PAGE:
The Assessment of Core Educational Proficiencies (ACEP) is a formative assessment that allows students, parents, faculty, and administrators to track the progress of a student’s skills through time in respect to critical thinking, problem solving, and effective writing.
The project grew out of the challenge presented by Academically Adrift (2010) and the Wabash National Study of Liberal Arts Education (2006-2012): to both measure and improve the critical thinking, problem solving, and effective writing skills of college students. A beta version of the first ACEP assessment was undertaken with seven schools: University of Montana, Stephen F. Austin State University, University of North Texas, Grinnell College, Utah State University, Western Washington University, and Hawaii Pacific University.
ACEP differs from most current assessments – especially ACT, CLA, CAT, and ETS – by (a) being formative in focus, (b) emphasizing questions that employers can readily use to assess a student’s work potential, (c) including teachers as active participants in the skill development process, (d) providing quick feedback (in accord with its formative focus), and (e) being significantly less expensive than other assessments. To support this quick “turn around,” the essay portions of the assessment are machine graded.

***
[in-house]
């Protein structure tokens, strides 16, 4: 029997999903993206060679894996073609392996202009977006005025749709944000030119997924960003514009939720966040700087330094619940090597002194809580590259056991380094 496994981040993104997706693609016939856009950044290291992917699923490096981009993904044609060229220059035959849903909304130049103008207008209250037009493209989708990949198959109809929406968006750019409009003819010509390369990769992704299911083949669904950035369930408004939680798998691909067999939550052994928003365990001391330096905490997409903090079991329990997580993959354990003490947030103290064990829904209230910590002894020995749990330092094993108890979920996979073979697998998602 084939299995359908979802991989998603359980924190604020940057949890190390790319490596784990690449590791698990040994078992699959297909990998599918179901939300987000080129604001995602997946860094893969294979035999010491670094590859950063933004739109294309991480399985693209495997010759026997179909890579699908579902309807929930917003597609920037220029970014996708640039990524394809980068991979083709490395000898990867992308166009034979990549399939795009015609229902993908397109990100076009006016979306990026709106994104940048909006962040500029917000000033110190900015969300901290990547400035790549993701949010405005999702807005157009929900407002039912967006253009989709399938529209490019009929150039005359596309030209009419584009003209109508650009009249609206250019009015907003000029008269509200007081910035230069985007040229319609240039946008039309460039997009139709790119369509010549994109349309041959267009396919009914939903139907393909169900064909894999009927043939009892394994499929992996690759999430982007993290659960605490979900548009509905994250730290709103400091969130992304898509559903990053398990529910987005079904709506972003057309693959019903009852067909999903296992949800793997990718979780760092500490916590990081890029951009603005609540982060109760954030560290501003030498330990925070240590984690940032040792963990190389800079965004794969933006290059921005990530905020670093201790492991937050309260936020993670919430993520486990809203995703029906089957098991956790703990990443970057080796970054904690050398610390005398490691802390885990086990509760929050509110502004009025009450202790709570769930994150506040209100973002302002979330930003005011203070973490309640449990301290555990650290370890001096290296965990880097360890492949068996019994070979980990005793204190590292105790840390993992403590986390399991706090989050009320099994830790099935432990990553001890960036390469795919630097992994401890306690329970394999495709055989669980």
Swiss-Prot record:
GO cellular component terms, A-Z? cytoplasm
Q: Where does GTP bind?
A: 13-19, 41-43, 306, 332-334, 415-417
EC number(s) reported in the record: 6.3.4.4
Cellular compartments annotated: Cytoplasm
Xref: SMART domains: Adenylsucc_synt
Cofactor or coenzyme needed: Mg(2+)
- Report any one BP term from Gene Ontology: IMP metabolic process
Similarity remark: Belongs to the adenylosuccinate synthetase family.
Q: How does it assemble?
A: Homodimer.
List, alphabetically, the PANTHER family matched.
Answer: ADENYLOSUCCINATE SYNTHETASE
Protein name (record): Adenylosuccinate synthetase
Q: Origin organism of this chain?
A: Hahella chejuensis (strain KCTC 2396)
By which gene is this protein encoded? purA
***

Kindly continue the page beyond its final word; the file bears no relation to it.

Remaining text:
The hope is that, using ACEP, students and their families as well as colleges will have a ready way of assessing to what degree students are developing key critical thinking, problem solving, and effective writing skills that both college faculty and employers view as key to successful post-graduation careers. Students can test themselves at the end of a semester or at the end of a school year and within a few days receive an assessment of to what degree they have, or have not, improved in their critical thinking, problem-solving, and effective writing skills.
Key to the project is interpreting students written answers to a set of ten questions. While progress has been made on a code to do this, it is a complex process and work still remains to be done. It is hoped to complete the coding when time becomes available.